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Stories from the Verse
Chapter 67: Slade 111
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“Would you please tell us your full name and titles?” There had been a number of formalities leading up to this moment when he was being questioned by an officer he barely recognized, a young man who carried himself as if he believed he were important. Slade was not certain how to answer, but figured the truth was probably the right choice.
“Sir Robert Elvis Slade, Lord of Slade Manor,” he said firmly, and then rattled off more quickly, partly hoping they wouldn’t catch it all, “Friend and Ally of the Djinn and of the Caliph of the West Wind.”
“I didn’t catch that?”
“Does it really matter?”
“I’m afraid it does, Sir Robert. I have been unable,” the officer continued, “to locate any mention of Slade Manor in any of the references I have of the noble houses of our people. Nor, I think, will I find your supposed allies listed anywhere--the Gin, did you call them? It sounds a bit rum to me.” The lieutenant smiled at his own joke, then continued, “And just where is the West End?”
Rather obviously, to the west, Slade thought, but decided that his situation was a bit too delicate to make such a statement. Still, he would have to say something. “The Djinn are rarely seen, but they do make their influence felt. I suppose they’re a bit like Gypsies--they’re all over, but manage to maintain their own national identity.”
The three men on the panel--one of whom was General Vargas--looked uncertain at this. He might have trouble keeping his cover story together.
“So, why does it matter?”
“I believe, Sir Robert, that you have given a false identity to a military commander in a war zone. As you know, that alone is a serious offense.”
Slade did not know that, but he had to admit that there was some sense to it.
“The question is, why did you do it it? I suspect that it was your hope to assist your shade in infiltrating our camp and collecting critical information for the enemy.”
“That’s silly. How could he possibly do that?”
“Yes indeed, how? He never leaves the camp. But we know that the shades have machines of some kind that enable them to send messages over long distances, unheard by those who do not have those machines; and your shade carries a lot of equipment whose purposes are anyone’s guess. He could be sending information to them even as we hold this hearing.”
He hadn’t thought of that, and of course they were right--the shades, that is, the black people, did have that kind of technology. The panel of inquiry turned a suspicious look toward Joe, who was seated a short distance away at one of the tables, watching.
“I suppose it could be--but it isn’t. And I did not give you a false identity. The fact that you can’t find out who I am doesn’t mean I’m not who I claim to be.”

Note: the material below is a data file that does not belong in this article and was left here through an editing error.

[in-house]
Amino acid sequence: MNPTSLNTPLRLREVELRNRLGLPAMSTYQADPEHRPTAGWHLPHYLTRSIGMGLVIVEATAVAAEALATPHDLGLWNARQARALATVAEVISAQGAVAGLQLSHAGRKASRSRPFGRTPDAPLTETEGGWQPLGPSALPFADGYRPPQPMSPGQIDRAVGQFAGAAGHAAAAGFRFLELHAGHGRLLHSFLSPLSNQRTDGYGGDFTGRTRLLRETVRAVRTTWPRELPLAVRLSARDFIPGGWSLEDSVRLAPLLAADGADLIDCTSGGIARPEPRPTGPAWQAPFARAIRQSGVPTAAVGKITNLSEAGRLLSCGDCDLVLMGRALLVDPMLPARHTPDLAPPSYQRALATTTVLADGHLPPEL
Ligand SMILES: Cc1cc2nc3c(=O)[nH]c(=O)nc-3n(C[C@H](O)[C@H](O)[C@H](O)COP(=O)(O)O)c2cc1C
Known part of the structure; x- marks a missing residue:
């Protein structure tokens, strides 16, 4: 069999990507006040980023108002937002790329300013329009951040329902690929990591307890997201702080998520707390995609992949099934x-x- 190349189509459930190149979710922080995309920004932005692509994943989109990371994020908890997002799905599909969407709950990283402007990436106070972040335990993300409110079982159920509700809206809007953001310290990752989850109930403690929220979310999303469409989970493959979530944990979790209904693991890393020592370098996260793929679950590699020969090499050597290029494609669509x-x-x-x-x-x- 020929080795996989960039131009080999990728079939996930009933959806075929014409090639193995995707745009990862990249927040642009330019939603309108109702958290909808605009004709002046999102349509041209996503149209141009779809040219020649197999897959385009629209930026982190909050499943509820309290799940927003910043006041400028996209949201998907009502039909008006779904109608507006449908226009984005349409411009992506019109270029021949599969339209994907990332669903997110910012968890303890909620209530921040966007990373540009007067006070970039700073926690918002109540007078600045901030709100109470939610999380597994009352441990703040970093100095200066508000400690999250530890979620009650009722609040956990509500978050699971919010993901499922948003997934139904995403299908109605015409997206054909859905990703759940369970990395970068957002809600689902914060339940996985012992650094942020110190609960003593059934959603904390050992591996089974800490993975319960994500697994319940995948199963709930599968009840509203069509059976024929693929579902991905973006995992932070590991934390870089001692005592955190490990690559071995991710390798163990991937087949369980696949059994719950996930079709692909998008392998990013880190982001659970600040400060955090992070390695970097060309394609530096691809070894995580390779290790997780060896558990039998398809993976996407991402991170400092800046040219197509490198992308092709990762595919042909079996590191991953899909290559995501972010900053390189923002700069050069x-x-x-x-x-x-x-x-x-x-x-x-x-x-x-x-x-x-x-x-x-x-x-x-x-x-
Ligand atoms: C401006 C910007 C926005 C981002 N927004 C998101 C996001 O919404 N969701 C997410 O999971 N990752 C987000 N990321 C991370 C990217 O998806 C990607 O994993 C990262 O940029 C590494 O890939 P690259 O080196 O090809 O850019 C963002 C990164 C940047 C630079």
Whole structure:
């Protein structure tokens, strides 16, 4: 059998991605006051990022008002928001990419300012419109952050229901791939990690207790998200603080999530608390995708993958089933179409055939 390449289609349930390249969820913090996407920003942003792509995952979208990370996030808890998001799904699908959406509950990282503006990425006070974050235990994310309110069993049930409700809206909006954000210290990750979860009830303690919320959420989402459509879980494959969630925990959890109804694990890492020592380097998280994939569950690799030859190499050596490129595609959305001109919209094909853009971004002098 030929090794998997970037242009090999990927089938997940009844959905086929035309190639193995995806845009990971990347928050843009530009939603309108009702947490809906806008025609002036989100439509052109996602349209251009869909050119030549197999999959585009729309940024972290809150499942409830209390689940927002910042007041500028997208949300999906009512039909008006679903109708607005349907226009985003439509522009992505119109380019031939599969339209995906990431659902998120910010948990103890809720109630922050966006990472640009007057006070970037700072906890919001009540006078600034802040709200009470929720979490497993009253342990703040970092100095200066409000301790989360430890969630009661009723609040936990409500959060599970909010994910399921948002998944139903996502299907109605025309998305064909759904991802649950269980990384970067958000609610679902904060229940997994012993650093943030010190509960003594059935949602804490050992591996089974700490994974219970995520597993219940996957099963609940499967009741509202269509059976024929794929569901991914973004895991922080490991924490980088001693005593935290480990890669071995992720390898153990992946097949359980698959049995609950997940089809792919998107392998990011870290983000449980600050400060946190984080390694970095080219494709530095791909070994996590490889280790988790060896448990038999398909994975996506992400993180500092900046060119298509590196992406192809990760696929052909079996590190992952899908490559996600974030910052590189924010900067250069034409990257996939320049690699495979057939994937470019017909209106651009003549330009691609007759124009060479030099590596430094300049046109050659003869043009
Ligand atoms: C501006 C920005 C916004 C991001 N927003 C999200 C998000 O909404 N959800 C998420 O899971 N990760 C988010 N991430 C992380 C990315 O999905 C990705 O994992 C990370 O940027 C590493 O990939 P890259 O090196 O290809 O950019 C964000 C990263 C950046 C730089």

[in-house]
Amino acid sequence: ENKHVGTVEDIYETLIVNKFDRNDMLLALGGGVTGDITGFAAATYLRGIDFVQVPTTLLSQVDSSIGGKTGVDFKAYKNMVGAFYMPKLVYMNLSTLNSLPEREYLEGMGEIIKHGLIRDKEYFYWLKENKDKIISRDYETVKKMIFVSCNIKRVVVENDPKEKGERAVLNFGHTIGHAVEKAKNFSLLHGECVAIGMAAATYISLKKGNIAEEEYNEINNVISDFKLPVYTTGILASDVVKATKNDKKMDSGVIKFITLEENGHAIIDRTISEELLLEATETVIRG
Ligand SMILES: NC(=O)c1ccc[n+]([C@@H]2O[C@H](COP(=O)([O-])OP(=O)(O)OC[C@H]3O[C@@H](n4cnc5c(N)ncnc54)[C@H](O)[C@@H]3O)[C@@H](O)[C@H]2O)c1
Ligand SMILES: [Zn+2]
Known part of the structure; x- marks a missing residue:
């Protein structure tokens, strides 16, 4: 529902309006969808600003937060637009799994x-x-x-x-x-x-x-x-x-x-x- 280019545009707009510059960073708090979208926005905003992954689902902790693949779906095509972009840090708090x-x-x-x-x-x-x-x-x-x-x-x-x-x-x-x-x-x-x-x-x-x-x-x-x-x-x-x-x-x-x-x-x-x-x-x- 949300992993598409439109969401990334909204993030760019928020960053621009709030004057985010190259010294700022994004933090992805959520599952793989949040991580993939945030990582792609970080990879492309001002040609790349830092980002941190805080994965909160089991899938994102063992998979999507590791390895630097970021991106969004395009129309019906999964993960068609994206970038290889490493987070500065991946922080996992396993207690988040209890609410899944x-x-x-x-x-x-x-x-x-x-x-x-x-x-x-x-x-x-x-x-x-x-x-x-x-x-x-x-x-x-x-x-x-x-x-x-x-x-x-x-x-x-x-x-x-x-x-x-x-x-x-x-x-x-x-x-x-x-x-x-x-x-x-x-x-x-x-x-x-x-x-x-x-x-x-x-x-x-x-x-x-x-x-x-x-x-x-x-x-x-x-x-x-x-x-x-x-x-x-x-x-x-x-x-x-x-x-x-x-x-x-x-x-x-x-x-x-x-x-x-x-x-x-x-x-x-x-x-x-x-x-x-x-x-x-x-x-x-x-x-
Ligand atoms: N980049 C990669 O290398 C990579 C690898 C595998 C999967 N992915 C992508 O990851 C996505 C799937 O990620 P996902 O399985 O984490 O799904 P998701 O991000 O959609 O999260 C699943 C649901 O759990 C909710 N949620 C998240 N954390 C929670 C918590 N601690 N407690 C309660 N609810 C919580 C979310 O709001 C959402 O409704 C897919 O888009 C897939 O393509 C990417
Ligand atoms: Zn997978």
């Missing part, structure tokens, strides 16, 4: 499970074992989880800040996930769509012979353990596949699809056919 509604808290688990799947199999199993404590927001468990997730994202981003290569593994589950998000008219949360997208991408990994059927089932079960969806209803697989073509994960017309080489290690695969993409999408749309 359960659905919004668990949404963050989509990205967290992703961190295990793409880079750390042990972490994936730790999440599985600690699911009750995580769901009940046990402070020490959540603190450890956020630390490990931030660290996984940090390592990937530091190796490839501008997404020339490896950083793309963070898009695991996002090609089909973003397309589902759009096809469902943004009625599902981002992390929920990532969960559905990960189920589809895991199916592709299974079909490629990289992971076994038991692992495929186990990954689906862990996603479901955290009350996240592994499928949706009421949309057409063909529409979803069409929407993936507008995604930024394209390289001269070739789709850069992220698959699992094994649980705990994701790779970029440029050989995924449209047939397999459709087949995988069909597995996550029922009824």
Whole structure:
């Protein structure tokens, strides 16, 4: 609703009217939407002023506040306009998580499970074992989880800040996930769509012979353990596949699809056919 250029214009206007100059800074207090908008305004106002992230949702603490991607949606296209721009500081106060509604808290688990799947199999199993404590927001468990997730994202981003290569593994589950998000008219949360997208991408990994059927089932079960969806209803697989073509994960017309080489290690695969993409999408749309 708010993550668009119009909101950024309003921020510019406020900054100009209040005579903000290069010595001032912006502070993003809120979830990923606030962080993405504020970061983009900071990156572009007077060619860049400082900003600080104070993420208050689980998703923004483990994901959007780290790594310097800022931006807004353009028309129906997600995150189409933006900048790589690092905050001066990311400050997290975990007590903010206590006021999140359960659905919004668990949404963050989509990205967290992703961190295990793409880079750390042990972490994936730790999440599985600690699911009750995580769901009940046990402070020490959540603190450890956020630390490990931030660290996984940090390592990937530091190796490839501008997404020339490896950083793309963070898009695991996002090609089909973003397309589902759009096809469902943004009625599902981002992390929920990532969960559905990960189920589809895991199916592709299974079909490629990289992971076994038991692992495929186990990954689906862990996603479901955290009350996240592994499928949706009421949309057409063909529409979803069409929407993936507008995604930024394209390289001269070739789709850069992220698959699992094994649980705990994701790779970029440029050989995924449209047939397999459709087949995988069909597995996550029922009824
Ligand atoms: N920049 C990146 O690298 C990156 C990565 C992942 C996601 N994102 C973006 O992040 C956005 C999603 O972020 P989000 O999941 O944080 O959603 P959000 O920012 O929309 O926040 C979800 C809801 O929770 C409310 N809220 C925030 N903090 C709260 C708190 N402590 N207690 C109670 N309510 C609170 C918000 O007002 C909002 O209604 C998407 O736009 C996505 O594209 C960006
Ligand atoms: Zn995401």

“Can you prove who you are?”
He hesitated. He had left home without his wallet, and didn’t have so much as a driver’s license on him--even if that would help.
“Probably not to your satisfaction,” he responded. Then he thought at least he should pursue the possibility. “What sort of proof would want?”
“I’d be happy to have your lineage; or perhaps the names of a few prominent men who could vouch for you. I suppose it’s too much to ask that you produce your seal.”
“Well, there’s my wife’s father, Baron Torelle of Corlander, and there’s Lord Filp, but I’m afraid he died in battle not long ago, and Lord Omigger, but I don’t know where he is right now.”
“I’m sorry; I don’t know any of those names, either.”
“No, I can see that that would be a problem.”
He puzzled over it for a moment.
“Well, I don’t have my seal,” he said, “but I do have a few baubles that I carry with me, mostly for sentimental value. I can have my wife fetch them from the tent, if you like.”
Eyes turned toward Shella.
“Bring the small chest, dear,” he said.
“Yes, m’lord,” she responded, and headed toward the tent at a quick pace.
“As I say, I’m not sure what would really satisfy you, but I’ll show you what I have.”
There was then an awkward silence; no one seemed quite certain what to say, or whether to say anything. Slade knew it would be about five minutes before Shella returned, and he tried to use the time to think of anything else he might be able to present that would establish his claim; but then, he was indeed all he claimed to be, but in another universe, and these people wouldn’t even understand the concept of another universe--how can there be more than one “everything”?
This could go bad quickly. He was glad he was wearing his weapons, and that no one had challenged his right to do so. Still, he wasn’t sure he wanted to fight his way out of this, even if he were persuaded that he could.
There is a behind-the-writings look at the thoughts, influences, and ideas of this chapter, along with twenty other sequential chapters of this novel, in mark Joseph "young" web log entry #243: Verser Redirects. Given a moment, this link should take you directly to the section relevant to this chapter. It may contain spoilers of upcoming chapters.
As to the old stories that have long been here: